I was surprised and delighted to find out the other day that 80s Indie stalwarts and coulda been contenders The Replacements had just played a sold out show out in Forest Hills, Queens apparently having lost none of their edge. It’s always somehow reassuring to see that the heroes of one’s youth are still kicking ass even if three members from their heyday have died, become too ill to perform or gone missing. But as long as the formidable Paul Westerberg still roams the earth I hope these guys will keep performing their hits with their characteristic ragged gusto and swagger.
And what hits they were. With a combination of pop sensibilities and punk ethos, The Replacements blew out of Minneapolis in the mid-80s like a bracing, whiskey-soaked wind of Rock on the rocks. Along with the harder-edged but excellent Hüsker Dü (who they aped unsuccessfully early on) and the almighty Prince, it seemed like 1985 was the year that put the Twin Cities on the map musically… if only for that fleeting moment that finds a city du jour that is not New York or LA ever so briefly anointed as the New Happening Place for Music™. It wasn’t to last, of course, and neither were The Replacements. But they made a hell of a heavenly racket while they did.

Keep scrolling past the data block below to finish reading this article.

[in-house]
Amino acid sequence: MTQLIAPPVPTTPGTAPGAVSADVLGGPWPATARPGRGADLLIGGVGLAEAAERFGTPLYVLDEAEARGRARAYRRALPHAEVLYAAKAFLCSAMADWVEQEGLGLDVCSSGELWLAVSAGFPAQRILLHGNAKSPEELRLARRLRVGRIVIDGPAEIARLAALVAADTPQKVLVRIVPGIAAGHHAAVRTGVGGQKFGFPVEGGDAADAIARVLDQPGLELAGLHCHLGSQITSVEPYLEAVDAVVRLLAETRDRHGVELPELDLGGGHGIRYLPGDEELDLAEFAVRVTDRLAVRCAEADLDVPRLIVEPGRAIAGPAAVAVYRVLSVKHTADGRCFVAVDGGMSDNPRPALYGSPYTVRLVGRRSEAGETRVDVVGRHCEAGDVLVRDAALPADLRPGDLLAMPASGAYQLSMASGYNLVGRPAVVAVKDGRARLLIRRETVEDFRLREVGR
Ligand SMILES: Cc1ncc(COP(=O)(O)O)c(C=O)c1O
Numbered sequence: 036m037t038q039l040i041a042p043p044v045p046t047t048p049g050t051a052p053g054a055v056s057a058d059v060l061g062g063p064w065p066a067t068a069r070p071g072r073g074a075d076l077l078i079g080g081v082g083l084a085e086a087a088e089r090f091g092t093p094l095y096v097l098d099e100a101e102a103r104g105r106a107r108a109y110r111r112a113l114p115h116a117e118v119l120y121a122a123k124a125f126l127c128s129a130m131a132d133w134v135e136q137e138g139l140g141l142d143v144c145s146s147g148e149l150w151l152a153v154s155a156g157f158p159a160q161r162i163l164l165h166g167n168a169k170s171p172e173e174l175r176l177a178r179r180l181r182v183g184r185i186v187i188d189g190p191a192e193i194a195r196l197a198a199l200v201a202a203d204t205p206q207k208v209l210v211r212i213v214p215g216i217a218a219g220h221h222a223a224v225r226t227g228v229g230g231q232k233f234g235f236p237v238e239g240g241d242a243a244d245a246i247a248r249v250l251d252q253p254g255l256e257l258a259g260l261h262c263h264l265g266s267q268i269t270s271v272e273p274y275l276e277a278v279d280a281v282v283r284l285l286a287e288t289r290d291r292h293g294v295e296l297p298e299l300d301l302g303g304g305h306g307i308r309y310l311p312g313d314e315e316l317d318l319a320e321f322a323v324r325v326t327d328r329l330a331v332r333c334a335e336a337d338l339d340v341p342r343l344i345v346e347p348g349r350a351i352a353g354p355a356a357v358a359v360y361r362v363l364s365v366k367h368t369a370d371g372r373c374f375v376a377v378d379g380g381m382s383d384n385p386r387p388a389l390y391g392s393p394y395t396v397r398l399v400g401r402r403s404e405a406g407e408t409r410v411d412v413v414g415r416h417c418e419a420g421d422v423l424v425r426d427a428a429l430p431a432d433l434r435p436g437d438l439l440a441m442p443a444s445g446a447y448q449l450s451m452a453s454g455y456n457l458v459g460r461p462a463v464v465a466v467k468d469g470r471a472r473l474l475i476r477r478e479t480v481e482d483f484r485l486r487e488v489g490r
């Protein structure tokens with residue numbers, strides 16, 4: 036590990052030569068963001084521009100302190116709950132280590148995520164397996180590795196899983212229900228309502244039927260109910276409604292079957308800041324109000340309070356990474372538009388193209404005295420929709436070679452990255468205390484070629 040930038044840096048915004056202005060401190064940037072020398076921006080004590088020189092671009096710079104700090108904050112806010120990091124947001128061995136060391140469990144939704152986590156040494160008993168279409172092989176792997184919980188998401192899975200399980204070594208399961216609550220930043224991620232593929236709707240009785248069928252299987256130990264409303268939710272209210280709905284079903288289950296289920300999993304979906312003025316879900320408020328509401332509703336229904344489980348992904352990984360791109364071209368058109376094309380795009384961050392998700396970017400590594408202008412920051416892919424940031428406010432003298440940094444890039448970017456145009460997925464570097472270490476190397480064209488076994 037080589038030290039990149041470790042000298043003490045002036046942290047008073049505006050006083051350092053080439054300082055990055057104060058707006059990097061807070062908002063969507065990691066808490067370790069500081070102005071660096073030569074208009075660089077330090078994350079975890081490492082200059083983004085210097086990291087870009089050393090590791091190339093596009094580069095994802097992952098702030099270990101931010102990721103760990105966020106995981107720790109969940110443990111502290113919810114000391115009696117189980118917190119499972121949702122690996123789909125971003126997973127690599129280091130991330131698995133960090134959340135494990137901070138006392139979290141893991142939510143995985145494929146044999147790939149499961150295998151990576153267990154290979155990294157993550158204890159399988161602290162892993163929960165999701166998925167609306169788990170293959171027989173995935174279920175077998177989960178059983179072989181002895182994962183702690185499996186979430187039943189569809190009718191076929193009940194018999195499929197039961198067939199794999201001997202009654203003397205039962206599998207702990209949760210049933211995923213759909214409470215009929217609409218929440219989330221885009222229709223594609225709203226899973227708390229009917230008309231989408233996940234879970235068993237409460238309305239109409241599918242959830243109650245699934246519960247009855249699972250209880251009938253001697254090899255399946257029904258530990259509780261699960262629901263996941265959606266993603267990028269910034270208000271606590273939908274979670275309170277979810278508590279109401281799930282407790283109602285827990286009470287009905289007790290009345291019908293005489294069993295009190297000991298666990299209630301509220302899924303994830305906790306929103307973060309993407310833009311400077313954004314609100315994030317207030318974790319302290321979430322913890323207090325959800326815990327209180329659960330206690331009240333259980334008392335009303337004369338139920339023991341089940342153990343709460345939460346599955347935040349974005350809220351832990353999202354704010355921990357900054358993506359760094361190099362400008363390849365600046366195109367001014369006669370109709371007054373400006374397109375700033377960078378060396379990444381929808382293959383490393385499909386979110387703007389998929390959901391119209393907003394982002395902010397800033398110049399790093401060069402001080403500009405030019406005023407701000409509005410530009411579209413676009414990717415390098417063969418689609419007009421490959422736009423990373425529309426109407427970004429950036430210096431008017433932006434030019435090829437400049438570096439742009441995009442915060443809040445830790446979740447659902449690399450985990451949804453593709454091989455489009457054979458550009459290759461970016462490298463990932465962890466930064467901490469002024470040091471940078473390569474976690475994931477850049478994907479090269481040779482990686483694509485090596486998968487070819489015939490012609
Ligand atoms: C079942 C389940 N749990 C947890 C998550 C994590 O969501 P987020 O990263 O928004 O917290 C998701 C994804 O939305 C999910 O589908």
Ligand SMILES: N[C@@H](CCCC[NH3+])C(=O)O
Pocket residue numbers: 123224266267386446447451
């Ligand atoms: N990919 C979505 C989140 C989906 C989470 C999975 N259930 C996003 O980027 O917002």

Starting out as drunk punk wannabes, Westerberg was joined by brothers Bob Stinson on guitar and Tommy Stinson on bass with drummer Chris Mars pounding the skins, and the group rapidly developed a winning brand of punk-infused pop that wasn’t afraid to take on the more sentimental side of adolescent angst. Continue reading →